"You can't do that," said one moustached officer.

"We have protocols, and you wouldn't want to put us in danger, now would you?"

Soon I was moved behind a large metal mesh fence, again "for your own security."

And another thing: where has our billion dollars gone? "G20: Canada’s billion-dollar summit mystery".

Part I of G20 insanity here.

Save Our Civil Liberties: Oppose The PWPA on Facebook.

Sign the petition to oppose the Public Works Protection Act.

28 comments:

Steve said...

This is not Canada. Christ, Steven Harper is such an asshole.

L-girl said...

Dalton McGuinty's not such a prize, either.

John F said...

I'm torn between hating the outrageous lockdown of downtown Toronto and fearing that they'll decide to hold future meetings on an aircraft carrier or something. At least in the city, there's a chance that they'll hear the distant rumble of protest.

Of course, the alternative is to hold the summit in a major urban area without turning it into a DMZ, but I suppose that will never happen again.

John F said...

Oh, and I hope that someone arrested under the Public Works Protection Act has the means to challenge it in court. It will be way too late to affect the summit, of course, but at least the primacy of the Charter might someday be reaffirmed.

redsock said...

The idiotic "If you are not doing anything wrong ..." rationale -- which anyone who regards herself as an intelligent adult should be embarrassed to say -- really doesn't apply when no one has any idea of the laws the King has passed in secret.

Have more laws been passed? Who knows? They are secret. Better hope you don't violate one of them. ... Perhaps it's best if you just stay in your house, watch TV, and shut the fuck up. Now that's freedom.

Andrea said...

imagine how bad it would be if Harper had a majority?
((((shudder)))

impudent strumpet said...

Currently, not having a driver's licence or a passport counts as "doing something wrong".

Scott M. said...

I am *not* happy that it hasn't been published in Ontario Gazette yet.

Mike said...

Unbelievable! I'm just stunned. Passing laws in secret is just so... I can't think of anything that will express my disgust. It's antidemocratic for sure and I really hope it gets thrown out in court. Dalton has got to go. What other little surprise laws are they going to spring on us next.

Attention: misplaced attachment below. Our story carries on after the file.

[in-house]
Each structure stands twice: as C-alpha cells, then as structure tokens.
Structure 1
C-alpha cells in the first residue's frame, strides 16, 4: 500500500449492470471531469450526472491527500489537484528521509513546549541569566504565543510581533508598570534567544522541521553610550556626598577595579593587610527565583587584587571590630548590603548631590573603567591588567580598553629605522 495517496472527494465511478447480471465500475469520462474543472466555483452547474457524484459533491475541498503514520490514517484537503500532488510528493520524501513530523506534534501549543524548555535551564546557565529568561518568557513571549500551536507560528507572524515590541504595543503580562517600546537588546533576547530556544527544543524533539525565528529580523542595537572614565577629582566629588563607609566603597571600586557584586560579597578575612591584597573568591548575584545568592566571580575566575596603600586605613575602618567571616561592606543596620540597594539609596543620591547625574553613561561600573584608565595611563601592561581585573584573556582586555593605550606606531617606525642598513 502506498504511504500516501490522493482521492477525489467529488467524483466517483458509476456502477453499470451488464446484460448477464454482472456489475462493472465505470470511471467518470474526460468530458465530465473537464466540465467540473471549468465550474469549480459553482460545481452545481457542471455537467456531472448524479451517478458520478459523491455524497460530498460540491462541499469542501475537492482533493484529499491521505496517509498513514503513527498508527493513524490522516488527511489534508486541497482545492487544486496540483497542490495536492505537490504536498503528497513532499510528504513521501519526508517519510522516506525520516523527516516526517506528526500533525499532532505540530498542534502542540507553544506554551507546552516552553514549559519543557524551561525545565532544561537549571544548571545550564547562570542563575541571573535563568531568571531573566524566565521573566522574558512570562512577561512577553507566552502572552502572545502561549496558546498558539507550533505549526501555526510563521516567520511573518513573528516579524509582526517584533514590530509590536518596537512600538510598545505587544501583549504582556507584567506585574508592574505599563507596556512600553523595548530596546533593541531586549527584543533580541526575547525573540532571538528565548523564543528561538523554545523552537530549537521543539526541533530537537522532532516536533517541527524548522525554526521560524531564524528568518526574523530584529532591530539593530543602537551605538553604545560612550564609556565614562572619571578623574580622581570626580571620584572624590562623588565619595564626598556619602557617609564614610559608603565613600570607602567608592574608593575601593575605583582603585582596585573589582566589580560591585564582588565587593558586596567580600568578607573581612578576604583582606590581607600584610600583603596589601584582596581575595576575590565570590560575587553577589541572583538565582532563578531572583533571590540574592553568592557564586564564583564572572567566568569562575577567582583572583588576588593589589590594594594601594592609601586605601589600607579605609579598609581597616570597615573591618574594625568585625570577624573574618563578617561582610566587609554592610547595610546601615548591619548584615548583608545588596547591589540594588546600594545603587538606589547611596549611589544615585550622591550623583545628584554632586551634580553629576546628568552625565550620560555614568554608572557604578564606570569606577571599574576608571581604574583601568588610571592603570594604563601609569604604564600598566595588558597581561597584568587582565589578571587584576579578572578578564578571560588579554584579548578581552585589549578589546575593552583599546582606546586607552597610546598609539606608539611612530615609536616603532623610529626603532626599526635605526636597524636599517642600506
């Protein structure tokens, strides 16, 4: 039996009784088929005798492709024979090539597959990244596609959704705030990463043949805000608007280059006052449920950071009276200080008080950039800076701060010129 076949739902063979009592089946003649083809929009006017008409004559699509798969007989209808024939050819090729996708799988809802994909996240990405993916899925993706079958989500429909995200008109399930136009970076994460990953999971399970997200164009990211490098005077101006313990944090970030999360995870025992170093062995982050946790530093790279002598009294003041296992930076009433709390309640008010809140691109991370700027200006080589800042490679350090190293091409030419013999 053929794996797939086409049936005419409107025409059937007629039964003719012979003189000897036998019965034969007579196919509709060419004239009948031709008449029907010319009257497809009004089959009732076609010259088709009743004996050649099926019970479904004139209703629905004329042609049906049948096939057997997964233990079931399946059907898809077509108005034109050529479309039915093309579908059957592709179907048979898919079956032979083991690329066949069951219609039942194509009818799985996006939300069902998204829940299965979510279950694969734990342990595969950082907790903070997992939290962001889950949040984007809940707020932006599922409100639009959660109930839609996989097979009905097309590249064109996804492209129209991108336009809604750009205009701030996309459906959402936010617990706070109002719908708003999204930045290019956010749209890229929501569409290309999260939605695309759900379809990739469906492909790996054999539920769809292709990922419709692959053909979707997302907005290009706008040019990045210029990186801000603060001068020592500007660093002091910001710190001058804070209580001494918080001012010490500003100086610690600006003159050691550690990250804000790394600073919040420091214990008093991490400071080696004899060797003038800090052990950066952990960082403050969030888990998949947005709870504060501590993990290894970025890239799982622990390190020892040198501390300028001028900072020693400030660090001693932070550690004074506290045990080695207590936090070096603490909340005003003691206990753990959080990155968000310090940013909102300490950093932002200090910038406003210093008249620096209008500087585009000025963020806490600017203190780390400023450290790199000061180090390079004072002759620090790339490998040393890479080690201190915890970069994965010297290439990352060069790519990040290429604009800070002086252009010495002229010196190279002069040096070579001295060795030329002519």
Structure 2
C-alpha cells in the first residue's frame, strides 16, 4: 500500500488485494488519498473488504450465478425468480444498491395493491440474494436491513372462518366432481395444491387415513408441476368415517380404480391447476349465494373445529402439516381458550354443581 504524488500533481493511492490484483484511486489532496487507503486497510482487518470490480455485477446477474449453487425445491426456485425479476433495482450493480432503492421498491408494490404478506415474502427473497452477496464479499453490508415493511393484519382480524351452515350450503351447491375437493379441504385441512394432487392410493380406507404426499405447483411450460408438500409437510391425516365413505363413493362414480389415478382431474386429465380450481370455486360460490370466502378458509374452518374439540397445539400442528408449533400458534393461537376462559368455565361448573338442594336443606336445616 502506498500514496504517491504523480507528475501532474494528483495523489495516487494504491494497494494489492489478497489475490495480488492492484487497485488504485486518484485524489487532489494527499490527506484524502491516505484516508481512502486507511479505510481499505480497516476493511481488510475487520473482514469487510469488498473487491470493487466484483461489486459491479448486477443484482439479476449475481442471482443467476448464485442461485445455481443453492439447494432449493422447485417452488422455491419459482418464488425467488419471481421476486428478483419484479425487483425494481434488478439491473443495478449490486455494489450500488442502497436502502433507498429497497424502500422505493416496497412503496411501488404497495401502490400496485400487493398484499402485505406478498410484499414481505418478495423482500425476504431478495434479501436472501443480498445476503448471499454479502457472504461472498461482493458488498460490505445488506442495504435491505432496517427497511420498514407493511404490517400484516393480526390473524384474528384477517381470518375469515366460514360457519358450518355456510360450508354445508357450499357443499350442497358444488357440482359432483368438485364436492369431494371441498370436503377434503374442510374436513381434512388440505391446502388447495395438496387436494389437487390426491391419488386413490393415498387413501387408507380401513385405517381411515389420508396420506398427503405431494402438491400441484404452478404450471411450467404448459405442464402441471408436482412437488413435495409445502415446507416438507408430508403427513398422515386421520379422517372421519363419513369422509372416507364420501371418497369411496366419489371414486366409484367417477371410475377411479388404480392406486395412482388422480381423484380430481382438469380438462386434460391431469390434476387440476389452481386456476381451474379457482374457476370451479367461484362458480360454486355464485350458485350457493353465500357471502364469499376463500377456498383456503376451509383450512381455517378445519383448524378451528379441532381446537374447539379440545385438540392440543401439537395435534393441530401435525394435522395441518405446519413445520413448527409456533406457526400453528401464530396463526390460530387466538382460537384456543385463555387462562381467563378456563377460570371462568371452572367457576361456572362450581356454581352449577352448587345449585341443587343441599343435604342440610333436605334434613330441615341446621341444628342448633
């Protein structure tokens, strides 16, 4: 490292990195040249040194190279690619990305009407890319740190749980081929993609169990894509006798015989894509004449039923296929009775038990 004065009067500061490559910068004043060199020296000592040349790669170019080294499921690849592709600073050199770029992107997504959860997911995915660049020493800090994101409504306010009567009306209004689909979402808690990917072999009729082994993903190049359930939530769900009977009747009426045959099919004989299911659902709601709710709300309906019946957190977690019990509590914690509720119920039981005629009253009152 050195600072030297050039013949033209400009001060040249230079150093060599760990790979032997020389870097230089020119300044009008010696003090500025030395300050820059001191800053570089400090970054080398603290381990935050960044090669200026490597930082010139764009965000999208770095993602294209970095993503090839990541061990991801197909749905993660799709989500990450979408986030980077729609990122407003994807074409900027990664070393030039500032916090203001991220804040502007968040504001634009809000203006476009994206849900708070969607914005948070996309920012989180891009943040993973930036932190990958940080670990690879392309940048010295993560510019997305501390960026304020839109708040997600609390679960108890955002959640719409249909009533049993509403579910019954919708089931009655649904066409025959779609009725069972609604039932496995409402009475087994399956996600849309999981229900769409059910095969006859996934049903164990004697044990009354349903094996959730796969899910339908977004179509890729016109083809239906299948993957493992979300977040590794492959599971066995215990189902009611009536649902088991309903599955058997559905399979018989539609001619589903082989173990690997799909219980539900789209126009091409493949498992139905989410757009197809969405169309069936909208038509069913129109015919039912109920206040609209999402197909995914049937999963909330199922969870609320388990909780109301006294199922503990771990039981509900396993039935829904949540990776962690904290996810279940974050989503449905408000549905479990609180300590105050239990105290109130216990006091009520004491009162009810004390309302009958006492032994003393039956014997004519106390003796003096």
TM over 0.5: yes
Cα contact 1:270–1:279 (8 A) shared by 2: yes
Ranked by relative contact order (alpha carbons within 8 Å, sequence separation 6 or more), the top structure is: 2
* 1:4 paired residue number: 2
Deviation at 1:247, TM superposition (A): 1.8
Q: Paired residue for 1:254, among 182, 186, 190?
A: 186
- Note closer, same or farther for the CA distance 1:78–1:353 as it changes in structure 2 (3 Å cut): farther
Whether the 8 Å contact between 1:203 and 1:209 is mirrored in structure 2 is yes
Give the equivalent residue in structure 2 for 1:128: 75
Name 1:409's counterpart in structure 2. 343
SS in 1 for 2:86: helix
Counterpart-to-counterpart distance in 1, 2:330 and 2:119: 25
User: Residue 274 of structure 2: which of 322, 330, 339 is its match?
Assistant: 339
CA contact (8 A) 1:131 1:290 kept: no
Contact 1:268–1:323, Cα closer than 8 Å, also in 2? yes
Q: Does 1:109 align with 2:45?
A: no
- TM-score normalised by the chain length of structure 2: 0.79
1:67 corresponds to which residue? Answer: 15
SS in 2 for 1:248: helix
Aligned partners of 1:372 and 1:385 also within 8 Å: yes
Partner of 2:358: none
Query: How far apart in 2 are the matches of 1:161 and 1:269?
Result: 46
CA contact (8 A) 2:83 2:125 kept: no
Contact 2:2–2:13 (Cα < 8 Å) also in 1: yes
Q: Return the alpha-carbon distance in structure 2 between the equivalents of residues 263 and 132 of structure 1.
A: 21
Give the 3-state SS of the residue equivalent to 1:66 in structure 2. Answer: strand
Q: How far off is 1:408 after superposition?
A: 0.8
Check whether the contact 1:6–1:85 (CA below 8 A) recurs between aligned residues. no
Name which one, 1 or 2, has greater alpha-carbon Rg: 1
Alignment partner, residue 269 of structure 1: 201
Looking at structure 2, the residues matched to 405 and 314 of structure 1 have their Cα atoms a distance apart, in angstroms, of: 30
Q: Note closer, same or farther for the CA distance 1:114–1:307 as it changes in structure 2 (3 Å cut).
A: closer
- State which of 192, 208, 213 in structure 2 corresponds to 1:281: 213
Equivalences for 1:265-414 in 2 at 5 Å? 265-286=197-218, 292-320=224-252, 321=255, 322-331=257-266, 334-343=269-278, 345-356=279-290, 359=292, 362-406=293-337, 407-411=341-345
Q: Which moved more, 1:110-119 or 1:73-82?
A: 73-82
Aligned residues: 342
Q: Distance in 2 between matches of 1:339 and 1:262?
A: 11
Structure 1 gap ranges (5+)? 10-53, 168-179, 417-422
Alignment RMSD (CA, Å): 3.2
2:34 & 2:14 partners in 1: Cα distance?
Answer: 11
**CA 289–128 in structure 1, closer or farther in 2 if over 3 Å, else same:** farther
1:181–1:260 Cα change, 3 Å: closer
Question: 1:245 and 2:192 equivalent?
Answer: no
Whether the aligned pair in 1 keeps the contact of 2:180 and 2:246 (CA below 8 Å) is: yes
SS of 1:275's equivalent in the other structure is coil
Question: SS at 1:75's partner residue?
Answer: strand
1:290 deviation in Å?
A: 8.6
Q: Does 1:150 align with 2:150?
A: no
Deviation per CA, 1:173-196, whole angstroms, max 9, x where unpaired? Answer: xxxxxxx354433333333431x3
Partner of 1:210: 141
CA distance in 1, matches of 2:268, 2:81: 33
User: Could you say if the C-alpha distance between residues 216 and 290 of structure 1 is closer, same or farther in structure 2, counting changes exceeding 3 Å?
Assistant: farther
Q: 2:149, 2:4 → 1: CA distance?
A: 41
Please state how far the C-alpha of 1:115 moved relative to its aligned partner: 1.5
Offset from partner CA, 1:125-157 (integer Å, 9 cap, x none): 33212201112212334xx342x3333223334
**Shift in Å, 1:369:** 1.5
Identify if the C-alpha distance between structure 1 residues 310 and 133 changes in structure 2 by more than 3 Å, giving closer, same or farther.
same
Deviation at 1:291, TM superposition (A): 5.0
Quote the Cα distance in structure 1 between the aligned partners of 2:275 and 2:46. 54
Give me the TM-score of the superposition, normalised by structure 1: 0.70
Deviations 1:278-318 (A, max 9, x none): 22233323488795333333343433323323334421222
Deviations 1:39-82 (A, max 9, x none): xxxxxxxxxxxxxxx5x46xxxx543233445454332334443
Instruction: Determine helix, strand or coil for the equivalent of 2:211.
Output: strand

La Sentinelle said...

Just got this news alert from CBC news:
G20 protest moving through Toronto's downtown

At least 2,000 people are noisily marching through downtown Toronto streets as part of a G20 protest. They are being watched closely by hundreds of police officers.

L-girl said...

We just got home from the "Shout Out for Global Justice" event. It was GREAT. We had dinner w/ a friend who has been at marches and protests all week. He said everything has been well attended and peaceful, with a few small exceptions of police violence. (Today a cop punched and manhandled a journalist.)

Tomorrow is the main march and protest. It's supposed to rain, unfortunately. But I'm excited about it.

Hopefully I will write about the Shout Out event and the march on Sunday.

L-girl said...

imagine how bad it would be if Harper had a majority?
((((shudder)))


I agree with your shudder, but two things: he hardly has any opposition in Parliament to speak of, and this law came from the Liberal McGuinty provincial government.

L-girl said...

Currently, not having a driver's licence or a passport counts as "doing something wrong".

Wow. I asked several downtown friends of mine who don't drive what they use for photo ID, and they all said health cards. bzzzt

L-girl said...

Oh, and I hope that someone arrested under the Public Works Protection Act has the means to challenge it in court. It will be way too late to affect the summit, of course, but at least the primacy of the Charter might someday be reaffirmed.

The CCLA will represent them. It's definitely an important fight.

geek guy said...

I dont like it
How ever The power was always ben there in this case it has be modified because of the G20
look it up
any it will be struck down in court

L-girl said...

look it up

Why don't you explain instead?

any it will be struck down in court

I hope so. But 1 - passing laws without public knowledge and consultation and without legislative review is wrong and dangerous, no matter what the law, 2 - court challenges will be too late for anyone arrested or worse under the law, and 3 - this is designed to stifle dissent, and no court challenge after the fact can change that.

We should not shrug our shoulders at this and think, oh well, it's wrong, but it's no big deal.

Mike said...

It really sounds like something you'd expect from some sort of tin pot dictator or from a farce about a totalitarian government.

"You're under arrest"
"What for ?"
"Breaking the law that was secretly passed yesterday, ignorance of the law is no excuse"